Five Sources of Conflict
How it works
When evaluating, one can easily identify the one prevailing issue affecting conflict on a global scale. To date, I consider identity issues to be the most difficult to resolve. For one, the struggle for power can at times be easily solved through government elections or even overthrowing a weak regime. While the struggle to acquire an abundance of resources can easily be resolved through a state’s brute military strength or strategy. So those two are out of the question. Finally, identity, or the way in which individuals and groups are defined in society, can affect the political behavior of social groups.
In other words, a person’s ideas and values can be both positively and negatively affected by a person’s identity.
Evidence of identity influencing the beliefs of a person through group stereotypes is given. According to their research, “a voter identified with the lower class slants his beliefs toward the stereotype of his group, a poor individual.” As a result, these people become pessimistic about their social mobility, and therefore their demand for redistribution is boosted. The reverse would happen to a person that identifies with the upper class. These cleavages in society are hardest to overturn due to them being, as explained before, the very core of social behavior. We see conflicts that derive from identity happening today all over countries in Eurasia like Myanmar and the Rohingya people, Kosovo’s identity of Albanians and other minorities, Israel, Palestine, and so on. As a matter of fact, we do not have to go as far as a different country.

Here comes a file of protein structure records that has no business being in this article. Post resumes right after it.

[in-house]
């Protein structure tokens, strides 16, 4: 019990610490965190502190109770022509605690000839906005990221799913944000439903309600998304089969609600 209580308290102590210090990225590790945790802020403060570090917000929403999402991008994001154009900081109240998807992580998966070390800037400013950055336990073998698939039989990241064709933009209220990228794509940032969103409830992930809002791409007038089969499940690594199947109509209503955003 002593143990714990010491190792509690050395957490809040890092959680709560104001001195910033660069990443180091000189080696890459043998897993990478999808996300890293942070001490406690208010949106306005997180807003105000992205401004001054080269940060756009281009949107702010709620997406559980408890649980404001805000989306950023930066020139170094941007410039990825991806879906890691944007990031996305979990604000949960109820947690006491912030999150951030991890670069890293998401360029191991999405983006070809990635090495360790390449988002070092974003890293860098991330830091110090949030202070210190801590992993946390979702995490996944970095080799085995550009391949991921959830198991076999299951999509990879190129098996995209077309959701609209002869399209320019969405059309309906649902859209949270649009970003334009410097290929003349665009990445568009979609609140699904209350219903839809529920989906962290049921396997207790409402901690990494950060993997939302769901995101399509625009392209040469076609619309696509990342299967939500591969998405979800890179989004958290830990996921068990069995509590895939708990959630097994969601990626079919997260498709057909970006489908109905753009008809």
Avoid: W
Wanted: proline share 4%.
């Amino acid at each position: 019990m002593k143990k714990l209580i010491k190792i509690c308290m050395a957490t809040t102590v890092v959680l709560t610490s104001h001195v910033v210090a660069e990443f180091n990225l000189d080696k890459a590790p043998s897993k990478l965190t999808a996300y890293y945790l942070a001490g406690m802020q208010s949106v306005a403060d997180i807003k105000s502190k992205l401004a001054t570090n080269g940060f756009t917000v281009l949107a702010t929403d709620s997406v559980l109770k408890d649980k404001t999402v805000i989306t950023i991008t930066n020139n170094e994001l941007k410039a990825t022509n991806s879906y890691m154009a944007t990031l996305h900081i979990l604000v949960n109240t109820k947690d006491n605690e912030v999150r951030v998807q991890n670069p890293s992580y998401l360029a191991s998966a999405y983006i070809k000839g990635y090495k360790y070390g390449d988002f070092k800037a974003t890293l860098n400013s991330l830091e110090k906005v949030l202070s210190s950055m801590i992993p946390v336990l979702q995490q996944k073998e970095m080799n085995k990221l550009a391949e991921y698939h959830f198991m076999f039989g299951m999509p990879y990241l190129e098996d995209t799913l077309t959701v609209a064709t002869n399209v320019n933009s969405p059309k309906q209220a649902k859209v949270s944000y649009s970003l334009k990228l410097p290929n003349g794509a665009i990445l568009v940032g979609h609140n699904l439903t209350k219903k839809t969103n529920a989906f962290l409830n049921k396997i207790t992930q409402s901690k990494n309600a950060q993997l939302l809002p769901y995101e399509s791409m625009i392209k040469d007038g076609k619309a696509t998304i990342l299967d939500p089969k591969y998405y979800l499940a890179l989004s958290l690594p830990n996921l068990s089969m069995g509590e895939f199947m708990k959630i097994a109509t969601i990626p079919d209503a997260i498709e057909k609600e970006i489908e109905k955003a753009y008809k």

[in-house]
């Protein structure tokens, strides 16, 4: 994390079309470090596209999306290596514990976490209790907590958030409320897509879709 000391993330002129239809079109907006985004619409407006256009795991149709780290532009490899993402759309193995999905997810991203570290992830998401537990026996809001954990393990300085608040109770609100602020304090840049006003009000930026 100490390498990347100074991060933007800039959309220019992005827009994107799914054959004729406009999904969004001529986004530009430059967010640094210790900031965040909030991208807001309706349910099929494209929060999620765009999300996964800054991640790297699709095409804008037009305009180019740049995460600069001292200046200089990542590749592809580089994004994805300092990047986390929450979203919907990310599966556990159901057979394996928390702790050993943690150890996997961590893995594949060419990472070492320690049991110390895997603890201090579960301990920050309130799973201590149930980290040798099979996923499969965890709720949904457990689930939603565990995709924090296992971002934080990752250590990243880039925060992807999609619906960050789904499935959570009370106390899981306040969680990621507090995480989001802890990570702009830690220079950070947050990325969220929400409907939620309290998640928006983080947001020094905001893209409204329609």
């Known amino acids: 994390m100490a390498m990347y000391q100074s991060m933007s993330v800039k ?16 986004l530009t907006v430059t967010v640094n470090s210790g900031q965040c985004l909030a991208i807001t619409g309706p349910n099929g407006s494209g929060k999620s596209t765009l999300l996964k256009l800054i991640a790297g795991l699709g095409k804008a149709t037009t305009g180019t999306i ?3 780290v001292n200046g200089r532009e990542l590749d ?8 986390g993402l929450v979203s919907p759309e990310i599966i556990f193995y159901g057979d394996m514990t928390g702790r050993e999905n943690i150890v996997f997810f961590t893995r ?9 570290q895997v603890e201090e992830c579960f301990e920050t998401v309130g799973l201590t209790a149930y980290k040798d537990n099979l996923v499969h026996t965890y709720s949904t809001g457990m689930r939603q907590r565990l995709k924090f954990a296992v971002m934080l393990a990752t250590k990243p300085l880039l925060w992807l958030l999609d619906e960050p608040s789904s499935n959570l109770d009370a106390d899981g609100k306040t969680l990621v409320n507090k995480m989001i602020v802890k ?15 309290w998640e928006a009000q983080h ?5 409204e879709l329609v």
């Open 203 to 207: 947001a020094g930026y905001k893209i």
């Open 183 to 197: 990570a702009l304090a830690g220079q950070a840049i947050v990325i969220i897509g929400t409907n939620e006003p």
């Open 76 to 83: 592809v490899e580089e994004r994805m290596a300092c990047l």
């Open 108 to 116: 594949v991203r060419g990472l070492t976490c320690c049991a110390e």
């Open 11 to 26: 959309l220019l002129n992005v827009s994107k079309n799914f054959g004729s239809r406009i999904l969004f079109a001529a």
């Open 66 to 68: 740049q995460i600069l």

Let us point a finger at our own back yard and the LGBT community’s constant struggle for basic human rights. We are one of the most socially advanced, educated nations in the world and yet reform has just begun to take shape for one of the largest social groups in the world today. People who simply seek to be able to live out their lives without being discriminated against. When it comes to conflict resolution, in these five respective sources, we must acknowledge that some regimes are simply better suited to handle certain situations. This is an undeniable truth. For example, I believe democracy, a regime that allows every person to have a direct role in society and an indirect role in government, to be better suited to conserving individual freedom, identity, and power disputes between government institutions and their respective representatives.
Citizens in a democracy benefit greatly from the voice they are given, a voice which is greater than a mere echo and instead of one that carries true weight; while institutions benefit from fair, trust-worthy elections capable of resolving the most complex of power disputes. Despite the above-mentioned struggle of the LGBT community, their ability to express themselves freely and fight for reform is still something they cannot and have not taken for granted. In contrast, the identity restraints in a monarchy, by the monarch itself, would not allow for the same individual freedom for this cohesive identity is what allows a monarch to remain in power. It might, however, allow for a faster turnaround, or resolution for power and resource conflicts due to the weight a unilateral decision might carry.